Hugh Orde

Sir Hugh Stephen Roden Orde, OBE, QPM (born 27 August 1958) is a British police officer who was the President of the Association of Chief Police Officers, representing the 44 police forces of England, Wales and Northern Ireland. Between 2002 and 2009, he was the Chief Constable of the Police Service of Northern Ireland (PSNI).

Sir Hugh Orde
Orde, speaking at the NHS Confederation Conference in 2012.
Born (1958-08-27) 27 August 1958 (age 62)
London, United Kingdom
Other namesHugh Stephen Roden Orde
Police career
CountryUnited Kingdom
DepartmentPolice Service of Northern Ireland
RankChief constable
AwardsOrder of the British Empire, Queen's Police Medal


Orde joined London's Metropolitan Police Service in 1977. He rose quickly through the ranks, becoming a Superintendent in the Territorial Support Group. Later, as Commander responsible for the service's Community Safety and Partnership section, Orde took part in the latter phase of the enquiry into the murder of Stephen Lawrence and its subsequent handling by the police.[citation needed]

He became a member (known as a 'graduate') of Common Purpose UK and attended the Matrix course in West London 1994/95.[citation needed]

While he was a Deputy assistant commissioner, Orde was assigned to the senior staff of the Stevens Report, which investigated government collusion in sectarian killings in Northern Ireland. He was appointed as an Officer of the Order of the British Empire (OBE) in 2001.

Hugh Orde was appointed Chief Constable of the PSNI (which replaced the Royal Ulster Constabulary) on 29 May 2002, taking over from Acting Chief Constable Colin Cramphorn. He was knighted for his services to policing in 2005.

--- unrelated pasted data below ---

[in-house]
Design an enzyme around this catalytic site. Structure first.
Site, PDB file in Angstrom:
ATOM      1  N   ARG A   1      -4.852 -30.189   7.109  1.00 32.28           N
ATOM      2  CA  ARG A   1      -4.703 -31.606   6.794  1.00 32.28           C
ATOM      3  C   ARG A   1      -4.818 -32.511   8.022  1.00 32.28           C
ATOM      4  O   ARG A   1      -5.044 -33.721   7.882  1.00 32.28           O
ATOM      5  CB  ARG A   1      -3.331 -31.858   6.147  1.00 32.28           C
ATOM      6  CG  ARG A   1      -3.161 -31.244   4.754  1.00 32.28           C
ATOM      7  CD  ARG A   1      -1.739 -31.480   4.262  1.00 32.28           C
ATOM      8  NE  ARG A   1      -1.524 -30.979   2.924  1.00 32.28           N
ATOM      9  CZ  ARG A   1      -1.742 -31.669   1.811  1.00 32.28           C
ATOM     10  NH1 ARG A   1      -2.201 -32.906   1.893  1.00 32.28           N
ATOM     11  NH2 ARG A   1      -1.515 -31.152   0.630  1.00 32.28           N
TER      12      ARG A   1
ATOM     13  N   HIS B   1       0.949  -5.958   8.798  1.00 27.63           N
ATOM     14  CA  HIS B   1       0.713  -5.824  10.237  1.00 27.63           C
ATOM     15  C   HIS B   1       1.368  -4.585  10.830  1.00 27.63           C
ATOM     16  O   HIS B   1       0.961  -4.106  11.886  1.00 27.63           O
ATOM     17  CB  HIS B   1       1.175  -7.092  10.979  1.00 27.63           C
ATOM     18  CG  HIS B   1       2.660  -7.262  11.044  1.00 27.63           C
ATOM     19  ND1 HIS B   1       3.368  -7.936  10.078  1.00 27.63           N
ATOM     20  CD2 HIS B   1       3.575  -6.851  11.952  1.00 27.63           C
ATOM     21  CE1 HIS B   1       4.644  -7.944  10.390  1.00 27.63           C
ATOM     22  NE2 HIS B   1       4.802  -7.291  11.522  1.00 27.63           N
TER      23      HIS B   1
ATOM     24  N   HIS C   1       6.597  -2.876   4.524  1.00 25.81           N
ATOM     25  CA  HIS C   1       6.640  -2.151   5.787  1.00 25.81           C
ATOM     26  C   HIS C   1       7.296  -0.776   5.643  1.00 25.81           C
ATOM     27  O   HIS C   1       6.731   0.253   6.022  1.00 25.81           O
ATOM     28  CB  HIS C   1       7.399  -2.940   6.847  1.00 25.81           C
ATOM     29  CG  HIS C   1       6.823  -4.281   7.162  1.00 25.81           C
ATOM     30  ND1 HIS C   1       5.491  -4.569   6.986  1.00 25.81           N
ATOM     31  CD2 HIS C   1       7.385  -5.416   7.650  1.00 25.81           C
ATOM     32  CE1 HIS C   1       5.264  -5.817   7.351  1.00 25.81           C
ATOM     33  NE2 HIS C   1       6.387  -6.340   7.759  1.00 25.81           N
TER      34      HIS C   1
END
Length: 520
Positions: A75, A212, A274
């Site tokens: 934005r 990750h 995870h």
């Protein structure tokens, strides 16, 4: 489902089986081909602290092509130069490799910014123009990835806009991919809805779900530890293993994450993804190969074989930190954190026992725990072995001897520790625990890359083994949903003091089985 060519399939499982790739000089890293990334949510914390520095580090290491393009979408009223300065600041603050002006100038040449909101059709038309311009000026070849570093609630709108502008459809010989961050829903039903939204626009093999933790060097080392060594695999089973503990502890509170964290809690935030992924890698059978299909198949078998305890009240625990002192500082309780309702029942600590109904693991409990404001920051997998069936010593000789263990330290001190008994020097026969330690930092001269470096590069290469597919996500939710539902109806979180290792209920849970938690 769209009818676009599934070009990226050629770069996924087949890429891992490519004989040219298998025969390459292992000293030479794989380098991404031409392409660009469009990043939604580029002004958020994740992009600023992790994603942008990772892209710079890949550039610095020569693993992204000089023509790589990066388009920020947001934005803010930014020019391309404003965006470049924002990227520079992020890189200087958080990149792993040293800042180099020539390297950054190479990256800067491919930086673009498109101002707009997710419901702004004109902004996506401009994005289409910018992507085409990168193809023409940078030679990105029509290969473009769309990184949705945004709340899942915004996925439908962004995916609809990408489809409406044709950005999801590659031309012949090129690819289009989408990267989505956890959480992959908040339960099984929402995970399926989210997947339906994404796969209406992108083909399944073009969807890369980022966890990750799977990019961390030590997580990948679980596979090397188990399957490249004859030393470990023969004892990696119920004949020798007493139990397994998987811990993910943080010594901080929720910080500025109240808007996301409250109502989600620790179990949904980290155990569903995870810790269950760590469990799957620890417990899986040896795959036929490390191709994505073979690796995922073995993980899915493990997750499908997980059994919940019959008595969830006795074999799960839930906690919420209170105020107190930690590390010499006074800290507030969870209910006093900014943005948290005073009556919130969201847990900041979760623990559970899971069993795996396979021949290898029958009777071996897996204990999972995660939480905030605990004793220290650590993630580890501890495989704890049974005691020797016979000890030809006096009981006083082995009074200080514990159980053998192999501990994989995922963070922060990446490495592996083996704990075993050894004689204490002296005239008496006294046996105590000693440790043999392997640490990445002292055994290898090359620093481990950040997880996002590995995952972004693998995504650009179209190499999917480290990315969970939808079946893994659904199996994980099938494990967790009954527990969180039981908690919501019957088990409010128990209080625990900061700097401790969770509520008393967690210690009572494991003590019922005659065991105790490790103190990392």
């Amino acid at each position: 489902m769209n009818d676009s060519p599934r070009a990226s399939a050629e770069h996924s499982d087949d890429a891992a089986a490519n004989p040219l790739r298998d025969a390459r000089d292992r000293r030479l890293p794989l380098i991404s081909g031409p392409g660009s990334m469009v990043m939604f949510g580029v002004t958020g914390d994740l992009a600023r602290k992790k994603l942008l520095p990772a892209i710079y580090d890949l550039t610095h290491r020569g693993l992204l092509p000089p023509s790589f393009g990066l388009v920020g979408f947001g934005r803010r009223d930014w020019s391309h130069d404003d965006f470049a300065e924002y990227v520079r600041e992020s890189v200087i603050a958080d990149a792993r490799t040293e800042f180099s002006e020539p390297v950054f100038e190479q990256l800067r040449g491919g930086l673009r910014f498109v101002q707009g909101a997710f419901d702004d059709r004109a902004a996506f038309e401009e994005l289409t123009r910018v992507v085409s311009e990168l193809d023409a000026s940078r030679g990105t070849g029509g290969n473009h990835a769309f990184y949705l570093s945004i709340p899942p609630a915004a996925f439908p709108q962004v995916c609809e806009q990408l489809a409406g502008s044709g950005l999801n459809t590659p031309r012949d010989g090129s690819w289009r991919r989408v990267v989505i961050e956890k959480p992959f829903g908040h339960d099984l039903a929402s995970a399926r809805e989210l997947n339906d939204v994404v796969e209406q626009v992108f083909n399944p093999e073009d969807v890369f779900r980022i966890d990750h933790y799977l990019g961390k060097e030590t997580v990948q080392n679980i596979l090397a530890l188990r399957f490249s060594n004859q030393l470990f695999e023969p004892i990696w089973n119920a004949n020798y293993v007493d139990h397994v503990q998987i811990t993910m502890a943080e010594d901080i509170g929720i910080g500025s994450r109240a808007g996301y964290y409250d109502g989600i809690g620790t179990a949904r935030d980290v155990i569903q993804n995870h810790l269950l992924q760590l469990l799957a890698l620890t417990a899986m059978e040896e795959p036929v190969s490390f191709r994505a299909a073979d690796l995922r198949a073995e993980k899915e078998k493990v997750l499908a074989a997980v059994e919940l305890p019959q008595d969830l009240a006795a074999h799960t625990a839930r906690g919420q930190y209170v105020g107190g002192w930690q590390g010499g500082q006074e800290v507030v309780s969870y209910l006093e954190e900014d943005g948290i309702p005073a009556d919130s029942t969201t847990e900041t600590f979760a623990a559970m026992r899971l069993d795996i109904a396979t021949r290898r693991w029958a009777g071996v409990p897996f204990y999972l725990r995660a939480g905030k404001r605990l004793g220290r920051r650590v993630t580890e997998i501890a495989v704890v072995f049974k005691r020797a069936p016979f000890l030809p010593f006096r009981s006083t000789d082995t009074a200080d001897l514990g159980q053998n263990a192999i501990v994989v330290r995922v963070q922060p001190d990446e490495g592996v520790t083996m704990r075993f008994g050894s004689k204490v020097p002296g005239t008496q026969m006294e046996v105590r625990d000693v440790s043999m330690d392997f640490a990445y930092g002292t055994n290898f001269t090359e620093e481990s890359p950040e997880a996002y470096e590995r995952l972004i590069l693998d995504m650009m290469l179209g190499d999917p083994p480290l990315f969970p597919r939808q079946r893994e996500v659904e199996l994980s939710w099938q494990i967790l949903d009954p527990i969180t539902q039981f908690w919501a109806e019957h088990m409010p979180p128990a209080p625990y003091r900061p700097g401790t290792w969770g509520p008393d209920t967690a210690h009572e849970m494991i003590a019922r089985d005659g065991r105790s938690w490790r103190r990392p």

In April 2009, he announced he was stepping down as Chief Constable of Northern Ireland to become President of the Association of Chief Police Officers (ACPO), assuming the position in the following autumn.[1] In 2010 he was awarded the Queen's Police Medal.

In a 2010 speech at Oxford in which he discussed the threat of the dissident Irish republican campaign, Orde suggested that "To borrow a phrase from the past, we may be at an 'acceptable level of violence'—albeit at a far lower level than when the phrase was first coined", given that dissident republicans were unlikely to respond to negotiation. Democratic Unionist Party MLA Jimmy Spratt called Orde's comments "outrageous" and an insult to those killed by dissident republicans.[2]

Orde holds a degree in Public Administration (BA) from the University of Kent. After his retirement from Northern Ireland he became director of the Police National Assessment Centre.

Police Roll of Honour Trust

In November 2013 Hugh Orde took up the role of Patron of the national police charity the Police Roll of Honour Trust, joining Stephen House and Bernard Hogan-Howe as joint patrons.[3]


Knight Bachelor (Kt)
  • 2005
Order of the British Empire (OBE)
  • 2001
  • Officer
  • Civil Division
Queen's Police Medal (QPM)
  • 2010
Queen Elizabeth II Golden Jubilee Medal
  • 2002
  • UK Version of this Medal
Queen Elizabeth II Diamond Jubilee Medal
  • 2012
  • UK Version of this Medal
Police Long Service and Good Conduct Medal